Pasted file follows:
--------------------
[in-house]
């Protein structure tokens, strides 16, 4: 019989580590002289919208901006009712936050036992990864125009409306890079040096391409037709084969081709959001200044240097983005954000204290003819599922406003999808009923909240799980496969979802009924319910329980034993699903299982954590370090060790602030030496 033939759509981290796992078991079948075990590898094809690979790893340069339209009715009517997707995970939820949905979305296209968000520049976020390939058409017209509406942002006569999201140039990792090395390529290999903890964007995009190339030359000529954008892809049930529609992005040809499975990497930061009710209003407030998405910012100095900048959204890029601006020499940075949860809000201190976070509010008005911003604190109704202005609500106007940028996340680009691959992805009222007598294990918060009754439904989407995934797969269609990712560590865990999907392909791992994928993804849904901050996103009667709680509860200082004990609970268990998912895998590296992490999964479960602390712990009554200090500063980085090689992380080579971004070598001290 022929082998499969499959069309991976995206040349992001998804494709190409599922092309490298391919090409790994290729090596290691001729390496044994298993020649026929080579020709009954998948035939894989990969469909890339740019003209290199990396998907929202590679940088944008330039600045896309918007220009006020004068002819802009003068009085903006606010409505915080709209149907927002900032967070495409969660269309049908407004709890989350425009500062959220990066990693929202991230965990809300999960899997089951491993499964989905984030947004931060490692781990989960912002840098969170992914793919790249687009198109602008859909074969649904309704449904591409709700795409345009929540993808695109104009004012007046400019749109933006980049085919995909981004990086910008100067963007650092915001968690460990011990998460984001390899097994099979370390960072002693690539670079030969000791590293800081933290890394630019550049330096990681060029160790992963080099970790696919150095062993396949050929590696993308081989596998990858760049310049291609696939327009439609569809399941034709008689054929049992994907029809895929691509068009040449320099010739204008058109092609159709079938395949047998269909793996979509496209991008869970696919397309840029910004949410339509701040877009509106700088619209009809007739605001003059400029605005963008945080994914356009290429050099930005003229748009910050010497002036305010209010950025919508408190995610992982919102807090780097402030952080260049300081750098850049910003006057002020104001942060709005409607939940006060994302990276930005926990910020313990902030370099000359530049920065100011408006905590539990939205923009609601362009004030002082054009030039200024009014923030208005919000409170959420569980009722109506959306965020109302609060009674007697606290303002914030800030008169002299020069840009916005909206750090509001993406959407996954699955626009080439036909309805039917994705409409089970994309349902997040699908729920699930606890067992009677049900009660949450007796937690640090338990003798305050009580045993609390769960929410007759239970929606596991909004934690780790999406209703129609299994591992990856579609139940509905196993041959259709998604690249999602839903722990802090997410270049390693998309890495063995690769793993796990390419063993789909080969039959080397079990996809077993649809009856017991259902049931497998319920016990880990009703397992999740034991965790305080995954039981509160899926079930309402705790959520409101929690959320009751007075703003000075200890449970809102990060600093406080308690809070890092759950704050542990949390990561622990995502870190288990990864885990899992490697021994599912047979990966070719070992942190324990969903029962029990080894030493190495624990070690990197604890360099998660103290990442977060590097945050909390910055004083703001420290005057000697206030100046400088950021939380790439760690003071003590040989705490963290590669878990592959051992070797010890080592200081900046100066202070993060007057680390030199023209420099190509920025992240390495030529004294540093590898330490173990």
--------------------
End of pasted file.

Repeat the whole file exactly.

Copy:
[in-house]
């Protein structure tokens, strides 16, 4: 019989580590002289919208901006009712936050036992990864125009409306890079040096391409037709084969081709959001200044240097983005954000204290003819599922406003999808009923909240799980496969979802009924319910329980034993699903299982954590370090060790602030030496 033939759509981290796992078991079948075990590898094809690979790893340069339209009715009517997707995970939820949905979305296209968000520049976020390939058409017209509406942002006569999201140039990792090395390529290999903890964007995009190339030359000529954008892809049930529609992005040809499975990497930061009710209003407030998405910012100095900048959204890029601006020499940075949860809000201190976070509010008005911003604190109704202005609500106007940028996340680009691959992805009222007598294990918060009754439904989407995934797969269609990712560590865990999907392909791992994928993804849904901050996103009667709680509860200082004990609970268990998912895998590296992490999964479960602390712990009554200090500063980085090689992380080579971004070598001290 022929082998499969499959069309991976995206040349992001998804494709190409599922092309490298391919090409790994290729090596290691001729390496044994298993020649026929080579020709009954998948035939894989990969469909890339740019003209290199990396998907929202590679940088944008330039600045896309918007220009006020004068002819802009003068009085903006606010409505915080709209149907927002900032967070495409969660269309049908407004709890989350425009500062959220990066990693929202991230965990809300999960899997089951491993499964989905984030947004931060490692781990989960912002840098969170992914793919790249687009198109602008859909074969649904309704449904591409709700795409345009929540993808695109104009004012007046400019749109933006980049085919995909981004990086910008100067963007650092915001968690460990011990998460984001390899097994099979370390960072002693690539670079030969000791590293800081933290890394630019550049330096990681060029160790992963080099970790696919150095062993396949050929590696993308081989596998990858760049310049291609696939327009439609569809399941034709008689054929049992994907029809895929691509068009040449320099010739204008058109092609159709079938395949047998269909793996979509496209991008869970696919397309840029910004949410339509701040877009509106700088619209009809007739605001003059400029605005963008945080994914356009290429050099930005003229748009910050010497002036305010209010950025919508408190995610992982919102807090780097402030952080260049300081750098850049910003006057002020104001942060709005409607939940006060994302990276930005926990910020313990902030370099000359530049920065100011408006905590539990939205923009609601362009004030002082054009030039200024009014923030208005919000409170959420569980009722109506959306965020109302609060009674007697606290303002914030800030008169002299020069840009916005909206750090509001993406959407996954699955626009080439036909309805039917994705409409089970994309349902997040699908729920699930606890067992009677049900009660949450007796937690640090338990003798305050009580045993609390769960929410007759239970929606596991909004934690780790999406209703129609299994591992990856579609139940509905196993041959259709998604690249999602839903722990802090997410270049390693998309890495063995690769793993796990390419063993789909080969039959080397079990996809077993649809009856017991259902049931497998319920016990880990009703397992999740034991965790305080995954039981509160899926079930309402705790959520409101929690959320009751007075703003000075200890449970809102990060600093406080308690809070890092759950704050542990949390990561622990995502870190288990990864885990899992490697021994599912047979990966070719070992942190324990969903029962029990080894030493190495624990070690990197604890360099998660103290990442977060590097945050909390910055004083703001420290005057000697206030100046400088950021939380790439760690003071003590040989705490963290590669878990592959051992070797010890080592200081900046100066202070993060007057680390030199023209420099190509920025992240390495030529004294540093590898330490173990």